Materials that are firmly bonded together with epoxy or other tough adhesives are ubiquitous in modern life—from crowns on teeth to modern composites used in construction. Yet it has proved remarkably difficult to study how these bonds fracture and fail, and how to make them more resistant to such failures.
Now MIT researchers led by Oral Buyukozturk and Markus Buehler, professors of civil and environmental engineering, have found a way to study these bonding failures directly, revealing the crucial role of moisture. Their findings were published this year in Proceedings of the National Academy of Sciences.
A composite material “may be made of a strong and durable material bonded to another strong and durable material,” Buyukozturk says, “but where you bond them doesn’t necessarily have to be strong and durable.”
There are standard methods for testing the strength of materials and investigating how they may fail structurally, but bonded surfaces are more difficult to model. “When we are concerned with deterioration of this interface when it is degraded by moisture, classical methods can’t handle that,” Buyukozturk says. “The way to approach it is to look at the molecular level.”
When such systems are exposed to moisture, “it initiates new molecules at the interface,” he says, “and that interferes with the bonding mechanism.” To assess how weak the interface becomes when it is affected by environmental exposure, the team used a combination of molecular simulations and laboratory tests. In the lab tests, Buyukozturk and his colleagues controlled the residual stresses in a metal layer that was bonded and then forcibly removed. “We validated the method, and showed that moisture has a degrading effect,” he says.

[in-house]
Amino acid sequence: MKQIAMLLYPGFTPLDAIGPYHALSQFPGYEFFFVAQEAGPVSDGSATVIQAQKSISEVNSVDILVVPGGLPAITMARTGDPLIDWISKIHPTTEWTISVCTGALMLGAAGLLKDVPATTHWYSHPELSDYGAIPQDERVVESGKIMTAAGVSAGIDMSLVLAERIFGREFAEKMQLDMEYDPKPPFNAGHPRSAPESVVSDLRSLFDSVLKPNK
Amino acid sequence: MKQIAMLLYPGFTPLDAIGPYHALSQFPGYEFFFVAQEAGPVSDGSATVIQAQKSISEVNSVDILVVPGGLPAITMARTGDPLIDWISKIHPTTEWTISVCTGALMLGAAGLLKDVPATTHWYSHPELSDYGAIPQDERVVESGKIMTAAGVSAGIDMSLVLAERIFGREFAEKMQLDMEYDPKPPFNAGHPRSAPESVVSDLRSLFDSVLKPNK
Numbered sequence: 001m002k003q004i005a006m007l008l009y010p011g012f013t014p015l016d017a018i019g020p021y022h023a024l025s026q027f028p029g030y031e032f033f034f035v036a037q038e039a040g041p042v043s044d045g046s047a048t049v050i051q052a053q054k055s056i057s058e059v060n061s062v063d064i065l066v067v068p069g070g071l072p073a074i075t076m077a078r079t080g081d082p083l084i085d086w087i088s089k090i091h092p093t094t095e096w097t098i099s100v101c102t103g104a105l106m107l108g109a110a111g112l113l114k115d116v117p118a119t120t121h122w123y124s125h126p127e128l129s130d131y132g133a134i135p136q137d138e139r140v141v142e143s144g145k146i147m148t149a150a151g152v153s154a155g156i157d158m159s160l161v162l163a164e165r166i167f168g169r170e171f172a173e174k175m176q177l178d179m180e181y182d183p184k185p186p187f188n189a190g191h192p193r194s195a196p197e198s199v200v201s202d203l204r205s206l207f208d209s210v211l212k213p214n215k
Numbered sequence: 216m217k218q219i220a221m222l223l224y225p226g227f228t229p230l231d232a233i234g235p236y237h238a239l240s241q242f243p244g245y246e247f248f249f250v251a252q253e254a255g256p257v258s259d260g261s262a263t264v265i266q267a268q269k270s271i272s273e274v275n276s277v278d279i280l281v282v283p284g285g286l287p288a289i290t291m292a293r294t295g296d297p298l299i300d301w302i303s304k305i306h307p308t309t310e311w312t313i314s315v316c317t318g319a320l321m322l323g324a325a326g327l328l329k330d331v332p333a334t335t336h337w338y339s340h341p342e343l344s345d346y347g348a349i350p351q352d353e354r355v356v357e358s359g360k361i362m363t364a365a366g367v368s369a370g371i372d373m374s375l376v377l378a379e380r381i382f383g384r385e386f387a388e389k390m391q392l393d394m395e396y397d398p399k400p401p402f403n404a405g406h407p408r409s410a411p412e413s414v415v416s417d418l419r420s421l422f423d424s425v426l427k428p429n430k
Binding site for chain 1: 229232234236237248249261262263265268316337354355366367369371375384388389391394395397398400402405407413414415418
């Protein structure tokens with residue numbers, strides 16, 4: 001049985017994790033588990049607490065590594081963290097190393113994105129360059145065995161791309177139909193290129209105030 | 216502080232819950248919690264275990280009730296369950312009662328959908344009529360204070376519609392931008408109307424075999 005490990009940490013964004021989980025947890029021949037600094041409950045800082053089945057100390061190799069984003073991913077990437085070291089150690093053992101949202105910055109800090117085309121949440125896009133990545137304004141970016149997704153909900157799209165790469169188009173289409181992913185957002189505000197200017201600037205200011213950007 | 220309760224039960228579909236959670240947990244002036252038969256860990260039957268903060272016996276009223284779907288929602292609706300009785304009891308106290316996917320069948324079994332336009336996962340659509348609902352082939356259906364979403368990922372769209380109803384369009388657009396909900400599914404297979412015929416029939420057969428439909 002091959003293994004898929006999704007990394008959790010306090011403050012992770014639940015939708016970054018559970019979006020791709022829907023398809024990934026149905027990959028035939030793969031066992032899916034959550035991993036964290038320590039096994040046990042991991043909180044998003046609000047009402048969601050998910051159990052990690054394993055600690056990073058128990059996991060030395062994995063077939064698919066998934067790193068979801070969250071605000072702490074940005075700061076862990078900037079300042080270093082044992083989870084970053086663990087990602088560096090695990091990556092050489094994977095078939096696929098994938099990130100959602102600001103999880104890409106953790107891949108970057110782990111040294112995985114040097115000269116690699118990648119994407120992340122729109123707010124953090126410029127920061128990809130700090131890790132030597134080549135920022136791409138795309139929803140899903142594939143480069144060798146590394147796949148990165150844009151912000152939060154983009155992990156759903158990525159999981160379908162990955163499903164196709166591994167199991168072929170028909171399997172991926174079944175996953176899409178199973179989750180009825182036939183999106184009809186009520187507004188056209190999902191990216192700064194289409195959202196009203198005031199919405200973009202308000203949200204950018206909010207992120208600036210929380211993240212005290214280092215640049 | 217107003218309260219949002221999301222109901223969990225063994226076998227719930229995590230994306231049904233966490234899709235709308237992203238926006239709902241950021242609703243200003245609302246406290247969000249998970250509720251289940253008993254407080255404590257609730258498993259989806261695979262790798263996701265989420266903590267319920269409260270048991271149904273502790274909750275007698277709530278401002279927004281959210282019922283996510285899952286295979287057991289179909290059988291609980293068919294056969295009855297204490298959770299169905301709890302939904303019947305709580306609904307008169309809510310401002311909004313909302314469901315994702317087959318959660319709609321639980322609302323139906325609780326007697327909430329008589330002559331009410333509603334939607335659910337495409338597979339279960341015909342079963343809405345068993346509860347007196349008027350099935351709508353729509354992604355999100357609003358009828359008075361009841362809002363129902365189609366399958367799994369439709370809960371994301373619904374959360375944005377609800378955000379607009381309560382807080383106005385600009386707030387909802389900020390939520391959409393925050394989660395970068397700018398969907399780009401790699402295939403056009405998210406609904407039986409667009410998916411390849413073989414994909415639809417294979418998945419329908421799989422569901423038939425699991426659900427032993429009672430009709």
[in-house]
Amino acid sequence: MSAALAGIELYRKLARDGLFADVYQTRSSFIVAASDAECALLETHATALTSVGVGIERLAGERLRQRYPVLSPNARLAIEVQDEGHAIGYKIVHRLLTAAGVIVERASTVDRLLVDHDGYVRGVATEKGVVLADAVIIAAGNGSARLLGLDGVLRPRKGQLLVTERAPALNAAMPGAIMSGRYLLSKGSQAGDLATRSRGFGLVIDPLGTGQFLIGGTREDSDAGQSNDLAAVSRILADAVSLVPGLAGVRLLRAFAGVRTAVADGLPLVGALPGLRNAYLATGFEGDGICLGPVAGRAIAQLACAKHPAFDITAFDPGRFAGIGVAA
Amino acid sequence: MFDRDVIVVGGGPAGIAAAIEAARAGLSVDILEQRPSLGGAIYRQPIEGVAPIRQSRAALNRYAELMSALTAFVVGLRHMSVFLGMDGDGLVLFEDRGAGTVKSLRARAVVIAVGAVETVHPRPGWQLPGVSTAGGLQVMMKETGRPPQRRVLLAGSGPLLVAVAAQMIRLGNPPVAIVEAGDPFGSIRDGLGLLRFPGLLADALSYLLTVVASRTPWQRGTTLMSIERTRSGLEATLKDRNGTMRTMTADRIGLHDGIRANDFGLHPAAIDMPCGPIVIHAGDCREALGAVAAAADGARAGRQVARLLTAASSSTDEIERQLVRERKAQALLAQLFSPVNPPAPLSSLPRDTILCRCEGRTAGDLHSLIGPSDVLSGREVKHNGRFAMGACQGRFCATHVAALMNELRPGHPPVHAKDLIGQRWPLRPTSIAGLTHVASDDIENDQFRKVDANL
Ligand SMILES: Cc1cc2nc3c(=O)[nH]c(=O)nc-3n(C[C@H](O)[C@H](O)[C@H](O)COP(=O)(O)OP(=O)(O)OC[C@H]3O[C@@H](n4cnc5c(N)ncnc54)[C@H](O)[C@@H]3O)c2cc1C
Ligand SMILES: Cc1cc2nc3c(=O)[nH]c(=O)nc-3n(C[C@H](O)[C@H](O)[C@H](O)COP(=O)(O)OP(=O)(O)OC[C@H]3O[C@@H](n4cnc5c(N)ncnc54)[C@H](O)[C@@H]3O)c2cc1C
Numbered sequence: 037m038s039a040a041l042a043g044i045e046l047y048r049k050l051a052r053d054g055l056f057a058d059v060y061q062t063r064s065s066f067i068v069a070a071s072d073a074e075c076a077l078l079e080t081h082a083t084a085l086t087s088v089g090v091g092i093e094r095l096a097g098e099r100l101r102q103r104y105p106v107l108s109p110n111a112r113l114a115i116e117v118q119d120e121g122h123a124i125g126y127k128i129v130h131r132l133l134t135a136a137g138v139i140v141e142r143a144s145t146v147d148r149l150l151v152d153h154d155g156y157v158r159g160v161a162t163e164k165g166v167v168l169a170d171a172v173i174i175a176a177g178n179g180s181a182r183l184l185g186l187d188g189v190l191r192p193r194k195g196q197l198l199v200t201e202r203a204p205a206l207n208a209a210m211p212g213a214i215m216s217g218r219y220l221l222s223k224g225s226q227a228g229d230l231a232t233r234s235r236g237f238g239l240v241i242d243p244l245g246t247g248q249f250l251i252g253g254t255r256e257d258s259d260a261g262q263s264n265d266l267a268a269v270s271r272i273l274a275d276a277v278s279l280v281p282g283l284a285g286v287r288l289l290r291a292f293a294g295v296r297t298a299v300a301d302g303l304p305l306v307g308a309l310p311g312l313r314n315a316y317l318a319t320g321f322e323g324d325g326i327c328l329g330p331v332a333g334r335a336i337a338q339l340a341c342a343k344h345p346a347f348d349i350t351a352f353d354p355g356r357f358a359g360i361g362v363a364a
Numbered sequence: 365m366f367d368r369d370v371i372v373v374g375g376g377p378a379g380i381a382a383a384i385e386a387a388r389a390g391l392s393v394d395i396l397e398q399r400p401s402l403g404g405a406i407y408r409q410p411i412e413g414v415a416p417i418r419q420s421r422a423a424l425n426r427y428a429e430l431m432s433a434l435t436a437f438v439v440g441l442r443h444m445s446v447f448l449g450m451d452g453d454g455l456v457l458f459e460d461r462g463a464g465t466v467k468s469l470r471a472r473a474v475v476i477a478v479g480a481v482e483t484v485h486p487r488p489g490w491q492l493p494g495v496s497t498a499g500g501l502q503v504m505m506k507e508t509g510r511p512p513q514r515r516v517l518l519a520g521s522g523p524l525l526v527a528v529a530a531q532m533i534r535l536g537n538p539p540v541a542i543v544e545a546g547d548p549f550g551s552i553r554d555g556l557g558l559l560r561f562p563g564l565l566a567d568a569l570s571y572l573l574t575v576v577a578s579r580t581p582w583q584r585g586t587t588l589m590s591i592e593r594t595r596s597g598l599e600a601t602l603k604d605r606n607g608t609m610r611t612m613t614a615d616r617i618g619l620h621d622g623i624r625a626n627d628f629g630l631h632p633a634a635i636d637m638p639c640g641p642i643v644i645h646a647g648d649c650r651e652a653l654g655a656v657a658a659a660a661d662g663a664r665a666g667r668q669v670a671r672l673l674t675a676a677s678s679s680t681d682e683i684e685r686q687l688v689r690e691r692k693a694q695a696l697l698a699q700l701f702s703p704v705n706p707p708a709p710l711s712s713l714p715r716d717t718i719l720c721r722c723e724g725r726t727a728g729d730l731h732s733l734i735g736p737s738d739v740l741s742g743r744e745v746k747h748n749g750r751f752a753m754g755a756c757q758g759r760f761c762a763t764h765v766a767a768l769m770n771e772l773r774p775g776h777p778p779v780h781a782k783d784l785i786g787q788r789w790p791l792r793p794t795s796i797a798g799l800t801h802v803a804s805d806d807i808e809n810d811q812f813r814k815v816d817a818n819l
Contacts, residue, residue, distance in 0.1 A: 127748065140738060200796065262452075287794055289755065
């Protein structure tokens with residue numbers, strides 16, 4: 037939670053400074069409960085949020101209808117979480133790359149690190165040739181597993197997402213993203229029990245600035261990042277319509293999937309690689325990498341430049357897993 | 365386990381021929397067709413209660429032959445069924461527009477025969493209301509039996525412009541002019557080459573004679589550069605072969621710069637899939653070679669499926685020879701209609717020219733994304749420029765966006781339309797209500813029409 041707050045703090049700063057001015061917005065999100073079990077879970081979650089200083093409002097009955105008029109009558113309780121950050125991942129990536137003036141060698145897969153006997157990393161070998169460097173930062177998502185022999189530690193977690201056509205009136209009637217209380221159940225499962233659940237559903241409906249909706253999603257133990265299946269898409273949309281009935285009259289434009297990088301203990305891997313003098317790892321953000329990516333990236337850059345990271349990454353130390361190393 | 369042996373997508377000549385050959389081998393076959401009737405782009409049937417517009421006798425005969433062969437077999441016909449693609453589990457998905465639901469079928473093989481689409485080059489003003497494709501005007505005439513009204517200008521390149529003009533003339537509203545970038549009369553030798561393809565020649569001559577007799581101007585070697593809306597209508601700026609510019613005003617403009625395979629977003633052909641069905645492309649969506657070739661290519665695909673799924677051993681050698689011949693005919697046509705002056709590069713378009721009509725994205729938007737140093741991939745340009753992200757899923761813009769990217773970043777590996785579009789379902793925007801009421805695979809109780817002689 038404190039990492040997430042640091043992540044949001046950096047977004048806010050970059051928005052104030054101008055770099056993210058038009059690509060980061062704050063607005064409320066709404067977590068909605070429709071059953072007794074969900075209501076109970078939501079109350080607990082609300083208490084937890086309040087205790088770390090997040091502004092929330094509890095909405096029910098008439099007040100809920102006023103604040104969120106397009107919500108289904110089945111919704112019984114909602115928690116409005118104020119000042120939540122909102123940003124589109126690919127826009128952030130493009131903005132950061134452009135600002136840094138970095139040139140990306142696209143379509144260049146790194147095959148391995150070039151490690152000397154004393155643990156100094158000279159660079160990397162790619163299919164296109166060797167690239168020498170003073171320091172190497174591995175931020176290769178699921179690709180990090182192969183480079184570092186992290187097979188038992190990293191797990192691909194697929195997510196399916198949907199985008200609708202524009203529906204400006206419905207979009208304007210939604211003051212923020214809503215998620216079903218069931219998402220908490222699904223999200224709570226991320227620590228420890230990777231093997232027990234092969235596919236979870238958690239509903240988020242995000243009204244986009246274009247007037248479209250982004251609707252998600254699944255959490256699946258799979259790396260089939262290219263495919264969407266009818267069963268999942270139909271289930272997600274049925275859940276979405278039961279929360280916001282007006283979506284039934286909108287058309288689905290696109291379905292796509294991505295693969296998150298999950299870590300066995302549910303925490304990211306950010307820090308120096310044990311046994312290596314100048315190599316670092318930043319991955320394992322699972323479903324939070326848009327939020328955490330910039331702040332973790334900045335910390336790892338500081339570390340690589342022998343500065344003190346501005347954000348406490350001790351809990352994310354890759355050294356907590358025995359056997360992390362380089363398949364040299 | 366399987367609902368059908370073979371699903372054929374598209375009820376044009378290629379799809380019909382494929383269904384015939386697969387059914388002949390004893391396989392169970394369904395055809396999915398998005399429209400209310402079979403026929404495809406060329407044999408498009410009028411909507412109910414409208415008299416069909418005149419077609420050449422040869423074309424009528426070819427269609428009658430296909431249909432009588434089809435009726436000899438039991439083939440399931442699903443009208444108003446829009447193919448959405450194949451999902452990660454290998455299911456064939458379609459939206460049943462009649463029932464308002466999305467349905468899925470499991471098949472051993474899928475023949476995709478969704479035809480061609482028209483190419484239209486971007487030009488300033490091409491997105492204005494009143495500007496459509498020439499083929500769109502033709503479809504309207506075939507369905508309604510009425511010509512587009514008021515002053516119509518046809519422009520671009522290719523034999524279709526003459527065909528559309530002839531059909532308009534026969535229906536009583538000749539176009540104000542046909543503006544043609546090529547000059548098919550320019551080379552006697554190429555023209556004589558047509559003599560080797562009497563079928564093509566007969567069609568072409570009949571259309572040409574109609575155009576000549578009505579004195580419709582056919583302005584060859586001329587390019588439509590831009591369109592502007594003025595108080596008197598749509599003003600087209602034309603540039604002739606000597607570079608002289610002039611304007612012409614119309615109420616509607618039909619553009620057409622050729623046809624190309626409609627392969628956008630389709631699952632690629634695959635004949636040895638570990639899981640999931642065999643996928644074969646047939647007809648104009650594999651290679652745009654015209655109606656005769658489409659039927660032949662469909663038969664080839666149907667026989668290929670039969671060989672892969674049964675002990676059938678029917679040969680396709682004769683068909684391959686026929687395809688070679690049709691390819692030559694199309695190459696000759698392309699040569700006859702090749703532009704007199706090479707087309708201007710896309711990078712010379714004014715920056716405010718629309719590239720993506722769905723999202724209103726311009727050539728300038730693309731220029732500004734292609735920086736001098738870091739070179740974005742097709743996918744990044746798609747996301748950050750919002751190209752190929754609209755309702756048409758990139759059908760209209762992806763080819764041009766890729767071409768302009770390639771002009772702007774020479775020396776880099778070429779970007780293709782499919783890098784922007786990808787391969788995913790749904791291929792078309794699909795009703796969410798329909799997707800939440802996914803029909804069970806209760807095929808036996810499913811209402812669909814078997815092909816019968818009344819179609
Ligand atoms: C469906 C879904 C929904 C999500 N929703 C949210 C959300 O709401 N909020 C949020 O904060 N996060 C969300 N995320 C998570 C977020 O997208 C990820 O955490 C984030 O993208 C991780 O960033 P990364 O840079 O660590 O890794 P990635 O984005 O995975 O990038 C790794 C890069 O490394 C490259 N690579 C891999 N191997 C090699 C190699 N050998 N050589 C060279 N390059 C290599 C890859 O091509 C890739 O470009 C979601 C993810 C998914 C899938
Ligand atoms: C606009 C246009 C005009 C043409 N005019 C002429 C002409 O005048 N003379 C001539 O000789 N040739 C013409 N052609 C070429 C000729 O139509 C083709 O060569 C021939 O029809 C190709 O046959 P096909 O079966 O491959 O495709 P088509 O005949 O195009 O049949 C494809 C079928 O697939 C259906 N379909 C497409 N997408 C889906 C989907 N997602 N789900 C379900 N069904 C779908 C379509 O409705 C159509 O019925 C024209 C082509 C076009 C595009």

The findings could lead to new ways of preventing moisture from reaching into the bonded layer, perhaps using better sealants. This could prove useful for mechanical devices and aircraft as well as in biomedicine and construction. “Moisture is the number one enemy,” Buyukozturk says.
“I think this is going to be an important step toward assessment of the bonding, and enable us to design more durable composites,” he adds. “It gives a quantitative knowledge of the interface.”
This startup wants to copy you into an embryo for organ harvesting
With plans to create realistic synthetic embryos, grown in jars, Renewal Bio is on a journey to the horizon of science and ethics.
This artist is dominating AI-generated art. And he’s not happy about it.
Greg Rutkowski is a more popular prompt than Picasso.
VR is as good as psychedelics at helping people reach transcendence
On key metrics, a VR experience elicited a response indistinguishable from subjects who took medium doses of LSD or magic mushrooms.
This nanoparticle could be the key to a universal covid vaccine
Ending the covid pandemic might well require a vaccine that protects against any new strains. Researchers may have found a strategy that will work.
Get the latest updates from
MIT Technology Review
Discover special offers, top stories, upcoming events, and more.